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These Classic Literary Pieces Will Make You Want To Fall In Love Over And Over Again

It’s amazing to think about how love can do so much for people or what people can do for love.

Join us for a trip down memory lane featuring these literary pieces that tells us more about love written by the most iconic and known people in history.


Composer Ludwig Van Beethoven wrote a letter to his Immortal Beloved

Just a memory recall, do you remember that scene in Sex and and City where Big quoted this piece in one of his emails to Carrie after they had a huge fight because of their postponed wedding? This poetry became popular because of its last three lines—“ever thine, ever mine, ever ours”.


A screenshot from Sex and the City (2008)


To space and beyond, in case you would like to compare your significant other to a bright star in the dark, take it from E.E. Cummings who is known for using these as metaphors.



Napoleon Bonaparte, being part of military and an emperor during early 19th century, proved he’s a passionate lover, too. He wrote this to one of his lovers:



Lord Byron (George Gordon), regarded as “one of the greatest and most influential British poets”, shows us a sample of his utterly touching poems:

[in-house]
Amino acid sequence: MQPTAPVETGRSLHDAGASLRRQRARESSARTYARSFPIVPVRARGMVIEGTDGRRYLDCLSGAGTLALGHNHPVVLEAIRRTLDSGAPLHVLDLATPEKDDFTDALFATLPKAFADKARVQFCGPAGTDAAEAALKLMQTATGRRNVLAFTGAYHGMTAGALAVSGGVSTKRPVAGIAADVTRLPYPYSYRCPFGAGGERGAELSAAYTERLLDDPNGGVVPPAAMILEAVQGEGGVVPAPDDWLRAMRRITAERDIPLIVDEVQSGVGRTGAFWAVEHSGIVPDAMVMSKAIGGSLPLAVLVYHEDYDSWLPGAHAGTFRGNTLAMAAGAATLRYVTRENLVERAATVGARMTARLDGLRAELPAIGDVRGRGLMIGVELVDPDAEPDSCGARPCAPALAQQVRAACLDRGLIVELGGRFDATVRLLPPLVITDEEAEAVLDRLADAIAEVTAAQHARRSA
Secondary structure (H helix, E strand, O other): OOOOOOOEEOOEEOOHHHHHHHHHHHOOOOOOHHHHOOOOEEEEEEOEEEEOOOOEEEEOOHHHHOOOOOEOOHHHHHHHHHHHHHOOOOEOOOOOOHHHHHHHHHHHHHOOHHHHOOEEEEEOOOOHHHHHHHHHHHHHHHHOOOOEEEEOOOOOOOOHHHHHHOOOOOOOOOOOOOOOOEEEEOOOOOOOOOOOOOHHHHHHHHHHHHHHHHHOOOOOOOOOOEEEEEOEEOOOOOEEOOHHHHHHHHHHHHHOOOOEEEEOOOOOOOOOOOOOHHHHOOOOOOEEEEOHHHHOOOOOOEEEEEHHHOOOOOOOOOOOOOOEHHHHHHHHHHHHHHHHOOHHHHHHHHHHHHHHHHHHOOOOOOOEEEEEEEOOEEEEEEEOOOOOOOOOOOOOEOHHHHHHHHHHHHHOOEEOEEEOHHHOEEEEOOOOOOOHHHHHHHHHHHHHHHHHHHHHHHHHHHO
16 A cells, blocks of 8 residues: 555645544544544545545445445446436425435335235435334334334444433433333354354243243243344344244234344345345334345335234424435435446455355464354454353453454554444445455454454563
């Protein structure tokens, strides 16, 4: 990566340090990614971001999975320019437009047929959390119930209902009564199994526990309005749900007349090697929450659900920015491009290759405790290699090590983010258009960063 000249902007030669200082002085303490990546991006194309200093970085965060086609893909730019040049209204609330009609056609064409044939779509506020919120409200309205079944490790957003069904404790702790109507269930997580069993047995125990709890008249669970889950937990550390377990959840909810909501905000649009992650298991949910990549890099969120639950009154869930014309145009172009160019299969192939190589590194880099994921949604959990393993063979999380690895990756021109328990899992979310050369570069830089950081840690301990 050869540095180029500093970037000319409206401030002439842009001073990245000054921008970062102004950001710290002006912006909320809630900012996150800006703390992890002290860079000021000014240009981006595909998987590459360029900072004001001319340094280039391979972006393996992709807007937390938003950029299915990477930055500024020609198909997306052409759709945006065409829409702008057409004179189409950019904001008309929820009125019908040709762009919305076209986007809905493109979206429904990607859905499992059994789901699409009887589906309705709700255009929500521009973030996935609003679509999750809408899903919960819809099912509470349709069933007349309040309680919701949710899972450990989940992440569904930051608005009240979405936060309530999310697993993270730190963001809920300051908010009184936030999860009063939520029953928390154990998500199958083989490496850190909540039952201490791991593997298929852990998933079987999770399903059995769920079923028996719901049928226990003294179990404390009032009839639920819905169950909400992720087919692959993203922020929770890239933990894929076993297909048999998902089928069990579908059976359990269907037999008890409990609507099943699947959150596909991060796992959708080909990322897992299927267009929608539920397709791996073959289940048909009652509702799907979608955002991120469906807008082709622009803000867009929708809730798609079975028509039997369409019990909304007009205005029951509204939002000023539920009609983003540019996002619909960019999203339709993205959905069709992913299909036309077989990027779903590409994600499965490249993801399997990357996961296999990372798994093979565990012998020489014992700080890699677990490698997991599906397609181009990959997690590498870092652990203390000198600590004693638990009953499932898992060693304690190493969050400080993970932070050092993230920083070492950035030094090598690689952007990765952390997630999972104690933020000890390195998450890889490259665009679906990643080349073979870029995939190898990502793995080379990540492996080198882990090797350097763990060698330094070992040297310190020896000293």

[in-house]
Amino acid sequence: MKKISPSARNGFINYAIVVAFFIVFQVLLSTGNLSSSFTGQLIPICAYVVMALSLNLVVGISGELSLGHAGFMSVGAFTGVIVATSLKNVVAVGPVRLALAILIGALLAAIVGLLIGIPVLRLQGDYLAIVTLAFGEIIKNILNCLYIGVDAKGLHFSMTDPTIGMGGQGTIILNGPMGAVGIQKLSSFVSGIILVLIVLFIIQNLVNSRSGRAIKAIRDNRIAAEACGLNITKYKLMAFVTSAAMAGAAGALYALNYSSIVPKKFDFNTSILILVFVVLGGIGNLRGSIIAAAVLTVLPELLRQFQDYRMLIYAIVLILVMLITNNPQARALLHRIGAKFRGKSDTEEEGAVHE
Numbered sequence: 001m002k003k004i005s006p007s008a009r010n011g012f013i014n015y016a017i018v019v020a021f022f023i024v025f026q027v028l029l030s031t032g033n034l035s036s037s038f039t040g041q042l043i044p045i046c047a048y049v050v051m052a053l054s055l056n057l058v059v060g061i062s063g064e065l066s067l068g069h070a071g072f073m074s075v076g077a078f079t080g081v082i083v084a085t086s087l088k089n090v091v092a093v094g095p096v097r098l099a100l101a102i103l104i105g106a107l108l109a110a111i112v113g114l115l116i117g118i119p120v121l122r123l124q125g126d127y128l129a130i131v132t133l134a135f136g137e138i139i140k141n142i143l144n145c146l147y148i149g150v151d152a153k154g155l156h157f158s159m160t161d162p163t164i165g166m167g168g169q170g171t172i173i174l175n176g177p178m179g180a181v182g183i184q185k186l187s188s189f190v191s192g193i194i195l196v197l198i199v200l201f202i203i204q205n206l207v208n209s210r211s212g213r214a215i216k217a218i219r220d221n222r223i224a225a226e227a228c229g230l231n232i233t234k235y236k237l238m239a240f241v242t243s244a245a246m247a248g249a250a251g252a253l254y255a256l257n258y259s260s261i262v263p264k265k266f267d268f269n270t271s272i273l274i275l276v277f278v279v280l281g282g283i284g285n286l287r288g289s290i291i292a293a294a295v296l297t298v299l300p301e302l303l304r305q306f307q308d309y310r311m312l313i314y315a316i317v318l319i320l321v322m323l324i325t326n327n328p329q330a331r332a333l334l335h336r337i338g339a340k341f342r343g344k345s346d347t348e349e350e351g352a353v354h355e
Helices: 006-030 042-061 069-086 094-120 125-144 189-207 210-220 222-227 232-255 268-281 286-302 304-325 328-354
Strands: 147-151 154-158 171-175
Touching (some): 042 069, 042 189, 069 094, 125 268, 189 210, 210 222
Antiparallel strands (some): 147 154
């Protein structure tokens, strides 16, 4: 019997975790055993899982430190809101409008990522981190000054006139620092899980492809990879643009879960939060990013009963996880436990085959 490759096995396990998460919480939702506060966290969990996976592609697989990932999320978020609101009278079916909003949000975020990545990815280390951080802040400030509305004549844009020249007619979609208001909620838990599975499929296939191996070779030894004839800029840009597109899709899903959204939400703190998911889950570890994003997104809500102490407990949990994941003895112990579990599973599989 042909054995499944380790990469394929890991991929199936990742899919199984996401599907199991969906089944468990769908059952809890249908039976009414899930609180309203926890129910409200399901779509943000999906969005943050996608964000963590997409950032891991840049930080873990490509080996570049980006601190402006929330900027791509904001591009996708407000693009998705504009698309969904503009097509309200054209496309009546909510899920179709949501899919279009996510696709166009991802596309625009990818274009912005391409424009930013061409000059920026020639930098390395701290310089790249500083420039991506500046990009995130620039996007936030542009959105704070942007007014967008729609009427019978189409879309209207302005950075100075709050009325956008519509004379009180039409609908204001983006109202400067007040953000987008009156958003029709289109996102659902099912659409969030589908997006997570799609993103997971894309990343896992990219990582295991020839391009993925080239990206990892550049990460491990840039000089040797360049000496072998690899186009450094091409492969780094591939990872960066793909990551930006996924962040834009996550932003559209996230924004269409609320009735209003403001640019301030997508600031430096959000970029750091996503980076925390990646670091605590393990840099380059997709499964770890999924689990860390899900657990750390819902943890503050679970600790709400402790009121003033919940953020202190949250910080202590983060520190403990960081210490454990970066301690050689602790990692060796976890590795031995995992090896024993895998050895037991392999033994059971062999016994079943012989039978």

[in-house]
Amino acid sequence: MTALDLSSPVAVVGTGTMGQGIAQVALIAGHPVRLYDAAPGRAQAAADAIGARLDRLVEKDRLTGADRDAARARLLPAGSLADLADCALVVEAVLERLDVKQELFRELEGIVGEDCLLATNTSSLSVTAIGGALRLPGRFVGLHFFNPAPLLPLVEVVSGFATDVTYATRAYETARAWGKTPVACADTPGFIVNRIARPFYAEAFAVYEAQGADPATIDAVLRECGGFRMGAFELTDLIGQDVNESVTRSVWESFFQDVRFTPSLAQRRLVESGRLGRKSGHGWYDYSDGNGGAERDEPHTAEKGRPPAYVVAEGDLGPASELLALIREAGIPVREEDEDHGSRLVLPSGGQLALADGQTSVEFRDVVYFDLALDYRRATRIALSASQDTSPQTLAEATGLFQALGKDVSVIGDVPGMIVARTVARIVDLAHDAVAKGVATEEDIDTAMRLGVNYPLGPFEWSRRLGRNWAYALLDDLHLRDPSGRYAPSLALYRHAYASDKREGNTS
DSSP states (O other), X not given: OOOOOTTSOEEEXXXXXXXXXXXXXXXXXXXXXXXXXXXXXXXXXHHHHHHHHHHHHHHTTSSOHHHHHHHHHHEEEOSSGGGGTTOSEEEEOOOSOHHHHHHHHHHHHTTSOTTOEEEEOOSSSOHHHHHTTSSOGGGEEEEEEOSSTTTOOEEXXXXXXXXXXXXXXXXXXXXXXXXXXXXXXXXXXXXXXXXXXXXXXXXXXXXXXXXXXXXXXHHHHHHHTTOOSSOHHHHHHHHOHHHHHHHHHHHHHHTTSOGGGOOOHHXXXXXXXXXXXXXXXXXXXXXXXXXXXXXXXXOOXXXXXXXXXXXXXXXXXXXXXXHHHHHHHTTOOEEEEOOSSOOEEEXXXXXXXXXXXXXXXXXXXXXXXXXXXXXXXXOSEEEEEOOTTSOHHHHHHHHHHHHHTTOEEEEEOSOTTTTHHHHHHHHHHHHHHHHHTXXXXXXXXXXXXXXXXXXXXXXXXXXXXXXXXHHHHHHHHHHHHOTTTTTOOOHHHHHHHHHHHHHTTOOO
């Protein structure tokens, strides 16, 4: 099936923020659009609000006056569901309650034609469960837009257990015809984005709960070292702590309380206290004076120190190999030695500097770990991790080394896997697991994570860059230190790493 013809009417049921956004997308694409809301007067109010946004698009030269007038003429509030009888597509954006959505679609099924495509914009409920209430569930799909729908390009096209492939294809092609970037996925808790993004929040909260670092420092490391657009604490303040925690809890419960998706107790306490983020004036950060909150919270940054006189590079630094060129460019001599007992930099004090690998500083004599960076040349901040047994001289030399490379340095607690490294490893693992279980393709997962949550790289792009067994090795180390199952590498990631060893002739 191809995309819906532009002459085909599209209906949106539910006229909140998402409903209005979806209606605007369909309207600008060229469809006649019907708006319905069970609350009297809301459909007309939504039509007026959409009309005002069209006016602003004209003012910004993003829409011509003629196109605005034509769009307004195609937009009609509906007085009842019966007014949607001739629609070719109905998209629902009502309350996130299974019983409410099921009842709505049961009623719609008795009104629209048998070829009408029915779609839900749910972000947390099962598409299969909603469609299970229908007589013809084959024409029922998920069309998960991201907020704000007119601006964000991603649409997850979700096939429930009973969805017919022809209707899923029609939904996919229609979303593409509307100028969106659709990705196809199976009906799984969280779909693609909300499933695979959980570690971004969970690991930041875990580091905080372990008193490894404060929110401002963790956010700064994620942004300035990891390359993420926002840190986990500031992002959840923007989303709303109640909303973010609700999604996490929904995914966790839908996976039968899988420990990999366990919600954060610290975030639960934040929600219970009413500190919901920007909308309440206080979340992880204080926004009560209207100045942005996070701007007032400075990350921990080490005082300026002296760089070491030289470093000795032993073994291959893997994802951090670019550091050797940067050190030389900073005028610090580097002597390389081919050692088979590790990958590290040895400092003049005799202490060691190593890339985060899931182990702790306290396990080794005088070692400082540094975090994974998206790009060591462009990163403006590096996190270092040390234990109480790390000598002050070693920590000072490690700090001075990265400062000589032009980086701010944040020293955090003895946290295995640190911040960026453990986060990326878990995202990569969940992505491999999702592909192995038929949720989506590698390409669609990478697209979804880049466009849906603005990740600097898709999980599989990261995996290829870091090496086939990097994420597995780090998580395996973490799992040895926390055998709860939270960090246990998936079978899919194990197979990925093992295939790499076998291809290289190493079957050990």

Elizabeth Barett-Browning’s How Do I Love Thee remains a classic for its palpable, sincere, and compelling lines. Feeling nostalgic yet? I’m certain you’ve encountered this in your Literature classes.



Last on the list which is definitely not the least- who would ever resist to read William Shakespeare’s Sonnet 116? I bet it’s never a classic moment unless you talk about him and his works.




Gone are the days when people really exchange cards during  the season and many other occasions. May we be reminded that love is love regardless of the medium we use to express it. That love is love—platonic or romantic. Above all, I am certain that it shouldn’t discriminate—gender, forms, color, race, shape—you name it!

Happy Valentine’s Day! May we all receive the love we deserve.